In 2010, operating under the old adage that if you want something done right, do it yourself, a group of Alameda, CA, shelter volunteers banded together and told the City that they could not only run the shelter better (i.e., save more lives), they could save the City money in the process. They submitted a bid to run the shelter and got the contract. After 126 years of running the shelter, the City turned it over to the volunteers. In 2014, the shelter saved 92% of cats and 98% of dogs. You can read the inspiring story by clicking here. In Palm Springs, CA, under similar circumstances, the shelter now saves 95% of the animals. And in Petaluma, CA, a similar group saved 94% in 2013 and claims an even higher save rate in 2014 (See saving90.org).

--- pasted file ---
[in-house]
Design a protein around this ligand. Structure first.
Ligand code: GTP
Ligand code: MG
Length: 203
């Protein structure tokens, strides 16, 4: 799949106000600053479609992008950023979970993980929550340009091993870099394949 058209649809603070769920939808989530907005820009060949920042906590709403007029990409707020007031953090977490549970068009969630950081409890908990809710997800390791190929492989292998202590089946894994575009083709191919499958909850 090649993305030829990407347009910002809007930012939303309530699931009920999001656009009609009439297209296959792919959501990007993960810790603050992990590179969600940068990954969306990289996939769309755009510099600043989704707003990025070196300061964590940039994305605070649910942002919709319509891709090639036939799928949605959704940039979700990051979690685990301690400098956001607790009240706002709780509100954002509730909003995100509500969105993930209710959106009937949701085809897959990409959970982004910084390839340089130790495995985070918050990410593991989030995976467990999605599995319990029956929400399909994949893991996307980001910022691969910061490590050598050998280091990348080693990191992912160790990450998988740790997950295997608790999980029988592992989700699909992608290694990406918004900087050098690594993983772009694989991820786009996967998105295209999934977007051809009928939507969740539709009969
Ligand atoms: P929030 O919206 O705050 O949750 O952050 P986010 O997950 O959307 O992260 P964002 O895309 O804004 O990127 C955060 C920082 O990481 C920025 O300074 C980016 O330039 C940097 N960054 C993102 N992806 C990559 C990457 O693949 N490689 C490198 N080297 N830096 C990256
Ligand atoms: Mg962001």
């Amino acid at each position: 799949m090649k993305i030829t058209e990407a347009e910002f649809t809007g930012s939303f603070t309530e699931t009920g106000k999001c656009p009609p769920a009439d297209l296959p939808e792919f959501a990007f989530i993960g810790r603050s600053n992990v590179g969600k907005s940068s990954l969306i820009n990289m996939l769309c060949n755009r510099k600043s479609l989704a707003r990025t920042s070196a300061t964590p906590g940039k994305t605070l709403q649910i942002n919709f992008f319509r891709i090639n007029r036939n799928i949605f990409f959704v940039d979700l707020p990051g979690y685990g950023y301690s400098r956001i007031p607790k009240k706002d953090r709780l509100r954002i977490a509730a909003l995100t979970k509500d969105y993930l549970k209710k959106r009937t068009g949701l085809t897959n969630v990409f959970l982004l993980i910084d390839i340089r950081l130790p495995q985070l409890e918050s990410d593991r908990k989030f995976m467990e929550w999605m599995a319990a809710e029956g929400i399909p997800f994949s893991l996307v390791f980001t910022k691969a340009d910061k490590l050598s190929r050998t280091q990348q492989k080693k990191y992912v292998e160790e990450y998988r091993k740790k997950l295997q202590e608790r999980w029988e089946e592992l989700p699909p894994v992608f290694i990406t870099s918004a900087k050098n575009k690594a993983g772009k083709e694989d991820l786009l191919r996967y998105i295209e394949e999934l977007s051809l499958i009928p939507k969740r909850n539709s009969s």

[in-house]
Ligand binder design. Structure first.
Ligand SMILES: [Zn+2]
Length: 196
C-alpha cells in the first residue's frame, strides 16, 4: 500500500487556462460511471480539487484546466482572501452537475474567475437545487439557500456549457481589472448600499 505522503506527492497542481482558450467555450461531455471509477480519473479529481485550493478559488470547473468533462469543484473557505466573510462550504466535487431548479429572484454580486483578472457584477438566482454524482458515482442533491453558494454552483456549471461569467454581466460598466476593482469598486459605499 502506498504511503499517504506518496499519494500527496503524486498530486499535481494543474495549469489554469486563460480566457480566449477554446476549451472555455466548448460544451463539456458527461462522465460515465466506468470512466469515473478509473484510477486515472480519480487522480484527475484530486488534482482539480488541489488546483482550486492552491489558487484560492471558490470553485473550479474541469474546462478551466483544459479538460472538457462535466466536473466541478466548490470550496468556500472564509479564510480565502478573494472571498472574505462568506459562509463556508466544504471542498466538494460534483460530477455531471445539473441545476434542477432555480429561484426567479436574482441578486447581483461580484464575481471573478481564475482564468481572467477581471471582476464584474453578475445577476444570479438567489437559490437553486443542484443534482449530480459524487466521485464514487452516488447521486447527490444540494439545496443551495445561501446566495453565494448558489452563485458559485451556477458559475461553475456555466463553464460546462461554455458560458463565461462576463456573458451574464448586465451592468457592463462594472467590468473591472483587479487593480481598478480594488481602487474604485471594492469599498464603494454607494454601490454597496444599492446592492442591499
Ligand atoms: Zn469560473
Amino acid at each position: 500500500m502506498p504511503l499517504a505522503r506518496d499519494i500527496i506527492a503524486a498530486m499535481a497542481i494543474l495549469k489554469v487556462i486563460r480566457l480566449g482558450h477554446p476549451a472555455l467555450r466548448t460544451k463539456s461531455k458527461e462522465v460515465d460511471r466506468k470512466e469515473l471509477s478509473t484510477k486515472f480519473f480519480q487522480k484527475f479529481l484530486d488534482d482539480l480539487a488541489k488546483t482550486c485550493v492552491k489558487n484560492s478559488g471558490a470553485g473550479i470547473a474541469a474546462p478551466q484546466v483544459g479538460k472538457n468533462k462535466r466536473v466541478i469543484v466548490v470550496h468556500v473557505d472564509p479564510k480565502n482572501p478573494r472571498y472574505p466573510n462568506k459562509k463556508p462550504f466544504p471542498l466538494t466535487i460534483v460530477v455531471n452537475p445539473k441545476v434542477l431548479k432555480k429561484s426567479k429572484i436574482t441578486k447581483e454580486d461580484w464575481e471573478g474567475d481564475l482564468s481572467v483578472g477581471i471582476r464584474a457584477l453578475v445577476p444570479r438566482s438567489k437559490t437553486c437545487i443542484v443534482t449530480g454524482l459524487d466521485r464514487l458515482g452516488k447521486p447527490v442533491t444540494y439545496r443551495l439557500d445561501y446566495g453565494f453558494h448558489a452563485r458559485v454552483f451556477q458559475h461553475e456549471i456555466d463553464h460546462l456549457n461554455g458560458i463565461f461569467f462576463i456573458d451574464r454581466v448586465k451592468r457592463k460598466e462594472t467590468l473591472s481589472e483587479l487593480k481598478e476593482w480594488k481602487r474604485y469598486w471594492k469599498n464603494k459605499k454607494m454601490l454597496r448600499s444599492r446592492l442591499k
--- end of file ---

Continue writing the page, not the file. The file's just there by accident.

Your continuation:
“We figured out how to save over 97% of ALL our animals in an open admission city pound. By doing so, we have tons of donations, tons of volunteers, and tons of happy adopters. We run out of animals! In my experience, animal advocates arguing that we ‘have to kill’ animals (followed by the usual excuses…) is false… Kill shelters are on the way out. Modern, high achieving shelters are going to make sure of that.”
They are part of a growing number of shelters—run by newly formed groups—that wanted the shelter run right and decided to do it themselves. They have rejected the excuses of why ending the killing of animals is impossible, of why things have to be done the same way year after year, of why there is no choice but to accept the deadly results. And they are not alone. Similar examples exist in other states.
You can do it, too. Here are sample copies of their bids to take over the shelter for you to use and modify:
Other approaches to saving lives in the local shelter include waging a political campaign for reform, passing a law that requires shelters to save more lives, or making sure that the person running the shelter is compassionate, effective, and hard working.
Have a comment? Join the discussion by clicking here.